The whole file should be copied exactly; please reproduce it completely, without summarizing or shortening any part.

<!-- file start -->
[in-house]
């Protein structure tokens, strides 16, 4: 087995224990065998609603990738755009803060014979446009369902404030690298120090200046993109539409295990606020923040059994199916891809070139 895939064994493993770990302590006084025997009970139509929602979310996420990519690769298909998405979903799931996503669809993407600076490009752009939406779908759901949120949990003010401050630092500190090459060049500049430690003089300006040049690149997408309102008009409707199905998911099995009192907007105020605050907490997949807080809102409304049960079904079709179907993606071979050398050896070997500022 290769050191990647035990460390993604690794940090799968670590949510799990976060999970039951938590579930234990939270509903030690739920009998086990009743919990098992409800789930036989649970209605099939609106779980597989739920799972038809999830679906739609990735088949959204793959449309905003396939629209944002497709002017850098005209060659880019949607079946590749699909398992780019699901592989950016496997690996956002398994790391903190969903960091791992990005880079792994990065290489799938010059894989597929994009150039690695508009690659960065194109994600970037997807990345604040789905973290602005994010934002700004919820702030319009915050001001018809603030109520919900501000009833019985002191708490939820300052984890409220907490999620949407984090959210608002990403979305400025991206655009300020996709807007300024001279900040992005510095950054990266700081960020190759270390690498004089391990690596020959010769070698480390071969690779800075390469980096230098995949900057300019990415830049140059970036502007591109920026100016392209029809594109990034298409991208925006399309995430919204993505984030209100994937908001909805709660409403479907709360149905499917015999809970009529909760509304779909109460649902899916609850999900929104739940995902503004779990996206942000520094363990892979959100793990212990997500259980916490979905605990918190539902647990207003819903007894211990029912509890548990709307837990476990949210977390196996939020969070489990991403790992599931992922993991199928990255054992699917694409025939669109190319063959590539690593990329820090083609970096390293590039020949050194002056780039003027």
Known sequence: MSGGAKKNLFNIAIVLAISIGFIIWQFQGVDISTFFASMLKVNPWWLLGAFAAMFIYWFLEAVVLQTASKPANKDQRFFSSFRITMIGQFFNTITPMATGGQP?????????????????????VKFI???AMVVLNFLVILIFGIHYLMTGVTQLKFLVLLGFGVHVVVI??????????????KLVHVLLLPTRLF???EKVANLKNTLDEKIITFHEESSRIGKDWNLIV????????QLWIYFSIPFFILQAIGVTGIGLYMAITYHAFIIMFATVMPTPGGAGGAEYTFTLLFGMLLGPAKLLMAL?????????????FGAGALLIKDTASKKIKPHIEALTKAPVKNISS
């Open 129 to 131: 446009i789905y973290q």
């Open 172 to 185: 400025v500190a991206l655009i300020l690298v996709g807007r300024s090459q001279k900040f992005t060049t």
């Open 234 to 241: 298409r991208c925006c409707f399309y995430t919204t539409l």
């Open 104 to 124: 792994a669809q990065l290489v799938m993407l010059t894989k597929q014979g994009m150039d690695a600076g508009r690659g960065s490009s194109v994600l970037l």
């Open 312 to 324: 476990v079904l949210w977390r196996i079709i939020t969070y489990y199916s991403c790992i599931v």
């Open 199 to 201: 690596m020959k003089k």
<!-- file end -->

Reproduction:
[in-house]
């Protein structure tokens, strides 16, 4: 087995224990065998609603990738755009803060014979446009369902404030690298120090200046993109539409295990606020923040059994199916891809070139 895939064994493993770990302590006084025997009970139509929602979310996420990519690769298909998405979903799931996503669809993407600076490009752009939406779908759901949120949990003010401050630092500190090459060049500049430690003089300006040049690149997408309102008009409707199905998911099995009192907007105020605050907490997949807080809102409304049960079904079709179907993606071979050398050896070997500022 290769050191990647035990460390993604690794940090799968670590949510799990976060999970039951938590579930234990939270509903030690739920009998086990009743919990098992409800789930036989649970209605099939609106779980597989739920799972038809999830679906739609990735088949959204793959449309905003396939629209944002497709002017850098005209060659880019949607079946590749699909398992780019699901592989950016496997690996956002398994790391903190969903960091791992990005880079792994990065290489799938010059894989597929994009150039690695508009690659960065194109994600970037997807990345604040789905973290602005994010934002700004919820702030319009915050001001018809603030109520919900501000009833019985002191708490939820300052984890409220907490999620949407984090959210608002990403979305400025991206655009300020996709807007300024001279900040992005510095950054990266700081960020190759270390690498004089391990690596020959010769070698480390071969690779800075390469980096230098995949900057300019990415830049140059970036502007591109920026100016392209029809594109990034298409991208925006399309995430919204993505984030209100994937908001909805709660409403479907709360149905499917015999809970009529909760509304779909109460649902899916609850999900929104739940995902503004779990996206942000520094363990892979959100793990212990997500259980916490979905605990918190539902647990207003819903007894211990029912509890548990709307837990476990949210977390196996939020969070489990991403790992599931992922993991199928990255054992699917694409025939669109190319063959590539690593990329820090083609970096390293590039020949050194002056780039003027």
Known sequence: MSGGAKKNLFNIAIVLAISIGFIIWQFQGVDISTFFASMLKVNPWWLLGAFAAMFIYWFLEAVVLQTASKPANKDQRFFSSFRITMIGQFFNTITPMATGGQP?????????????????????VKFI???AMVVLNFLVILIFGIHYLMTGVTQLKFLVLLGFGVHVVVI??????????????KLVHVLLLPTRLF???EKVANLKNTLDEKIITFHEESSRIGKDWNLIV????????QLWIYFSIPFFILQAIGVTGIGLYMAITYHAFIIMFATVMPTPGGAGGAEYTFTLLFGMLLGPAKLLMAL?????????????FGAGALLIKDTASKKIKPHIEALTKAPVKNISS
């Open 129 to 131: 446009i789905y973290q």
């Open 172 to 185: 400025v500190a991206l655009i300020l690298v996709g807007r300024s090459q001279k900040f992005t060049t």
């Open 234 to 241: 298409r991208c925006c409707f399309y995430t919204t539409l």
């Open 104 to 124: 792994a669809q990065l290489v799938m993407l010059t894989k597929q014979g994009m150039d690695a600076g508009r690659g960065s490009s194109v994600l970037l």
């Open 312 to 324: 476990v079904l949210w977390r196996i079709i939020t969070y489990y199916s991403c790992i599931v």
């Open 199 to 201: 690596m020959k003089k």